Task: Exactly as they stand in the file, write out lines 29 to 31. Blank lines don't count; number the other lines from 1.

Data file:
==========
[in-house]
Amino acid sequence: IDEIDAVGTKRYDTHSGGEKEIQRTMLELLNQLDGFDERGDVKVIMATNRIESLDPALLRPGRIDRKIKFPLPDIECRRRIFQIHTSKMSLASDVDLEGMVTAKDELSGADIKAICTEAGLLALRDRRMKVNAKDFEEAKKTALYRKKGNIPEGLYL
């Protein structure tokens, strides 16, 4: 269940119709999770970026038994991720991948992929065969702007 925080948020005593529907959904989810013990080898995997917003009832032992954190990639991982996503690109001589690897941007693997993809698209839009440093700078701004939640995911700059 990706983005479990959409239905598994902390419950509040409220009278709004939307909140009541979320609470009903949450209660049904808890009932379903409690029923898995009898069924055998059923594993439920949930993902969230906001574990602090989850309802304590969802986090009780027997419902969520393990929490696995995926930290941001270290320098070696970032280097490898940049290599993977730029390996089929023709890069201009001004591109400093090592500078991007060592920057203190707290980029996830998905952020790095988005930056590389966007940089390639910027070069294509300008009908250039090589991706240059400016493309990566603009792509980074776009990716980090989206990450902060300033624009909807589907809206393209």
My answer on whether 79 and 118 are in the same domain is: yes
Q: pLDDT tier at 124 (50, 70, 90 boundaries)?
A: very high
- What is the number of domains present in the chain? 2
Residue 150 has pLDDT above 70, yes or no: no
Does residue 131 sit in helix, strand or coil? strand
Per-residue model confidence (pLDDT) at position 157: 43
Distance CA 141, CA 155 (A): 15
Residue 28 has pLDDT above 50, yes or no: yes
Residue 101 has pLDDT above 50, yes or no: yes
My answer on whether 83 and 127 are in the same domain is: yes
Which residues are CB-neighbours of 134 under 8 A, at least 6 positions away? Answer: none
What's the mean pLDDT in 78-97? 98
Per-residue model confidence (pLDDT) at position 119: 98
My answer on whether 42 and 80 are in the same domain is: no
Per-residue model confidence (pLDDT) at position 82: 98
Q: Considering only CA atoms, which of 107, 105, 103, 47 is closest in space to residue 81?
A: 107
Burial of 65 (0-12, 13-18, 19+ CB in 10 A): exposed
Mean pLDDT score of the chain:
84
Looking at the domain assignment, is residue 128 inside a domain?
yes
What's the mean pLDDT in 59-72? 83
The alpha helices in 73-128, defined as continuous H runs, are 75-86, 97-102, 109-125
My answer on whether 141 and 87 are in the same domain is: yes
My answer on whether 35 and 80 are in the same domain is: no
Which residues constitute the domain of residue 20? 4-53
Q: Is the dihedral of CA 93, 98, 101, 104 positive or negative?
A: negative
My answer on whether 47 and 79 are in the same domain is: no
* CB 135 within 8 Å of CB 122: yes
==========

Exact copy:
My answer on whether 141 and 87 are in the same domain is: yes
My answer on whether 35 and 80 are in the same domain is: no
Which residues constitute the domain of residue 20? 4-53